Victims of Soviet Communism: 1st Episode of ‘Reclaiming Memory’
Execution lists and reports, and Soviet plans for the mass repression of Ukrainians. Until 2015, documents of these sorts were inaccessible. As part of Ukraine's broad decommunization efforts, these archives are now open to the public. In the first report from our new series 'Reclaiming Memory', UATV learns more about the victims of Soviet Communism
Achievement certificates and letters of gratitude with Stalin’s portraits did not save Volodymyr Kulikov from execution for alleged anti-Soviet slander.
His case is in one of the folders.
“If his descendant ever finds it, it might be the first time they see their great-grandfather,” Deputy Head of the Sectoral State Archive of the Ukrainian Security Service Anatoliy Khromov said.
Personal, criminal, and monitoring cases, protocols, and sentences — the Ukrainian Security Service’s archives comprise 225,000 items from the Soviet period. In Europe, archives are measured by kilometers — according to the length of the shelves.
In here, there are 7 kilometers of declassified documents. Across Ukraine, there are 120 kilometers.
“This is an indicator that can clearly show things. Cases can range from a few pages to several volumes. The size of a folder is standard,” Khromov said.
For dozens of years, these documents were kept classified. But now, years later, it’s public, even for foreigners.
“The archive of Ukraine’s Security Service is considered to be the leader in openness and accessibility to KGB documents. We don’t ask for any proof of kinship. You can search for information about any person. A huge number of documents of republican significance that, in fact, duplicate what is still classified in Russia are stored here,” Khromov said.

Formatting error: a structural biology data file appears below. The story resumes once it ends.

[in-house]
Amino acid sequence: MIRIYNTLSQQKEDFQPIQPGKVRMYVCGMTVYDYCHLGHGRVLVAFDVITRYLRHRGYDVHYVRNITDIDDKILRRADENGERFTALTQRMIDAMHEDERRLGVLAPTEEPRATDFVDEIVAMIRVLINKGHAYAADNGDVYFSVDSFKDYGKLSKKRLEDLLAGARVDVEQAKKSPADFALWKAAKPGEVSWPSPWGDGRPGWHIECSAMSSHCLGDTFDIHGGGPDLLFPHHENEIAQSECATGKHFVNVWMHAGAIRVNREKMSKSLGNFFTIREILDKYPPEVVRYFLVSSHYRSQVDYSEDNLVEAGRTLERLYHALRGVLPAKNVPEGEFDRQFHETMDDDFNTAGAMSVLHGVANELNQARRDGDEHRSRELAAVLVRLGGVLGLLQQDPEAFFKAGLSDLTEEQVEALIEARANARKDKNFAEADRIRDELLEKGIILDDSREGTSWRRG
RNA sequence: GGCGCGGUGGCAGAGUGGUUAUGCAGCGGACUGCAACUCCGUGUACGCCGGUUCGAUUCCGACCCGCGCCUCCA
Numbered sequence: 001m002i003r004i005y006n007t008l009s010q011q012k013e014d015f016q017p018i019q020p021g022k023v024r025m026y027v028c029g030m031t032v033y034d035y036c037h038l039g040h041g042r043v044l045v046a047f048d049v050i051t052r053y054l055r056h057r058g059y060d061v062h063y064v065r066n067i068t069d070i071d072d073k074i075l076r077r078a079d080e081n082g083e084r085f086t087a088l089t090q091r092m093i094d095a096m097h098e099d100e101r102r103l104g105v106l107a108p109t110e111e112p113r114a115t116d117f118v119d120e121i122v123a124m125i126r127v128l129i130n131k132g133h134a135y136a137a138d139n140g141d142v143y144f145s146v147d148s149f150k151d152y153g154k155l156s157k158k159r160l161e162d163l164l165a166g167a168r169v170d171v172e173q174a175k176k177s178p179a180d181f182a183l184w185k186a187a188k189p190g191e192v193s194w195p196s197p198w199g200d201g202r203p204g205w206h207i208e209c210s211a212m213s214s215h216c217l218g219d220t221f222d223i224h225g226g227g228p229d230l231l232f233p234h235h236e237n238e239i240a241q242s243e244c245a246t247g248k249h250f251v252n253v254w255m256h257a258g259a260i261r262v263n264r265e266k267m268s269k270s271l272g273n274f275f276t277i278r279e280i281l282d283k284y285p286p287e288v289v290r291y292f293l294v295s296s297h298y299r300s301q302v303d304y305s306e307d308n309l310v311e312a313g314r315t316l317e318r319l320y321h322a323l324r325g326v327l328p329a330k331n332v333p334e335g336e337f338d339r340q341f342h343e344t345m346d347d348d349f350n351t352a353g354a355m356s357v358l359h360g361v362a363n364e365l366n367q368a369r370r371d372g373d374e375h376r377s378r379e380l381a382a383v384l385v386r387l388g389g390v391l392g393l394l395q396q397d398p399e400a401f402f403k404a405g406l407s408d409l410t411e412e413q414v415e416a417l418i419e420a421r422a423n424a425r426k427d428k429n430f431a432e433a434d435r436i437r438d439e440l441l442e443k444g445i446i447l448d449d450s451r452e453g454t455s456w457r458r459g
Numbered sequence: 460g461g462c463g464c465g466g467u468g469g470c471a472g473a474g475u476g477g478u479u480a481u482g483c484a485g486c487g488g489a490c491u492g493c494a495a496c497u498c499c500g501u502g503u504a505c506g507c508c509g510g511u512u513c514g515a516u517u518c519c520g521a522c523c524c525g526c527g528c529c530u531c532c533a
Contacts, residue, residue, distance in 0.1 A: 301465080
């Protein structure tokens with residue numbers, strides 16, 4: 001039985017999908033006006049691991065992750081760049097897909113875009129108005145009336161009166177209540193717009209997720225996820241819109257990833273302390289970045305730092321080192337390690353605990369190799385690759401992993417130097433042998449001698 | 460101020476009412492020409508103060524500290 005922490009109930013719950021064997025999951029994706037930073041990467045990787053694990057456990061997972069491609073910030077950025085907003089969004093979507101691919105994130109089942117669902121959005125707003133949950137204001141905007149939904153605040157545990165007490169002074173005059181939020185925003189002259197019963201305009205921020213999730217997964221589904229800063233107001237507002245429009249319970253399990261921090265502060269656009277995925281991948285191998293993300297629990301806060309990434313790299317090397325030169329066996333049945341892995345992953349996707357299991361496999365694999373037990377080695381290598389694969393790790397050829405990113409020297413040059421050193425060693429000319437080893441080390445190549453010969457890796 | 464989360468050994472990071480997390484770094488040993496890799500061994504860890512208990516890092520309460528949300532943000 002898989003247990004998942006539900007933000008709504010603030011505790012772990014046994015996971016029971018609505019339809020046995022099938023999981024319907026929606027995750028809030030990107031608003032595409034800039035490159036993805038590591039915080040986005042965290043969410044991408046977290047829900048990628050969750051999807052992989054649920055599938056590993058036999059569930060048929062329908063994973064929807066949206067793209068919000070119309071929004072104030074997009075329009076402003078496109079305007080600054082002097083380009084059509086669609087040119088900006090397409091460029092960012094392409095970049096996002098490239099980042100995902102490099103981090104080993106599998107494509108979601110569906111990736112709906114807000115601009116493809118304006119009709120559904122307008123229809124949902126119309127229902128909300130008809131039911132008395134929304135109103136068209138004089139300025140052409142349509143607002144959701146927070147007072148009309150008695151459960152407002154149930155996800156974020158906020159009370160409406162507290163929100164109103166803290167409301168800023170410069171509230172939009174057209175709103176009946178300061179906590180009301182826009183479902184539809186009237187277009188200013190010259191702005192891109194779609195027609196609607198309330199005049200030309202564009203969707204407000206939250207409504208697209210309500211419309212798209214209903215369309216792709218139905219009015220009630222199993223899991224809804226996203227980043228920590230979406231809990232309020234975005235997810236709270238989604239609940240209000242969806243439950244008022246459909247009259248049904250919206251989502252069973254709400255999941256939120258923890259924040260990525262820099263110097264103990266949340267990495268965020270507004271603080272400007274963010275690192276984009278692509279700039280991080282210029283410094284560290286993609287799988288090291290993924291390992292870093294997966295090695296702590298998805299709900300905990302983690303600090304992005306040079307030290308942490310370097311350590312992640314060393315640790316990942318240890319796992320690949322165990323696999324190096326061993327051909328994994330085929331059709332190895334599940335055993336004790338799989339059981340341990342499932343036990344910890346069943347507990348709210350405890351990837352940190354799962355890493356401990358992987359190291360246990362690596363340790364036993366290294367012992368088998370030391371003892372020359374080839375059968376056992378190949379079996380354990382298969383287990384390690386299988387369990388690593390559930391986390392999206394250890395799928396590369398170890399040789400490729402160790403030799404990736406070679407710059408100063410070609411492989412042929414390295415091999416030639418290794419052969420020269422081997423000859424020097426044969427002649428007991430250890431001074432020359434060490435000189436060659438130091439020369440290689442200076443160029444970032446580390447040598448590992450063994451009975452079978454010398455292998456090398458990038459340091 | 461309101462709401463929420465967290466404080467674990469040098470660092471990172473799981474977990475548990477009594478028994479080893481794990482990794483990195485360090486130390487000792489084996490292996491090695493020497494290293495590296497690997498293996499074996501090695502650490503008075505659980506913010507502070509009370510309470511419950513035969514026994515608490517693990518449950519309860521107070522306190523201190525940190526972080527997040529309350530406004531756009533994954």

Most of the preserved documents are from the times of the Great Purge. Archivists suspect that when purges in repressive institutions began, there was no time to destroy the evidence of crimes.
“Here is one of the protocols of the NKVD Triumvirate of December 3, 1937. By this one protocol, 150 people were sentenced to be shot,” Khromov said.
Each folder contains five or six protocols — around a thousand people who were sentenced to death. For the years 1937–1938, there are several dozen folders. And this is just in the Kyiv city and region. This is how Bolsheviks were building Soviet society.
“You can find only one in 200 cases, in which the accused could adhere to anti-Soviet stance. There were quotas against “Kulaks” or wealthier peasants, Poles, Germans… The NKVD directorates had certain plans. If they did not fulfill them in time, they recorded Ukrainians as Poles. A German teacher could also become a German person,” Khromov said.
It takes several days to find information on someone. This repository is one of the 80 collections of the Ukrainian Security Service archive. Boxes are assigned numbers according to descriptions of the papers — they are sorted by topic and date.
“Each store has a topographic map, and you know that the 5th collection and this box is here. Sometimes a request contains only the last and the first name. It’s like looking for a needle in a haystack. There are a lot of coincidences. It is also desirable to know the birth year,” Khromov said.
The cases of the repressed feature the information on their family composition, origin, and profession. Reports and protocols contain the details of interrogations, the names of accusers and executioners, and the exact date of death. The burial place was not mentioned in the documents. The last address defines where the person was arrested.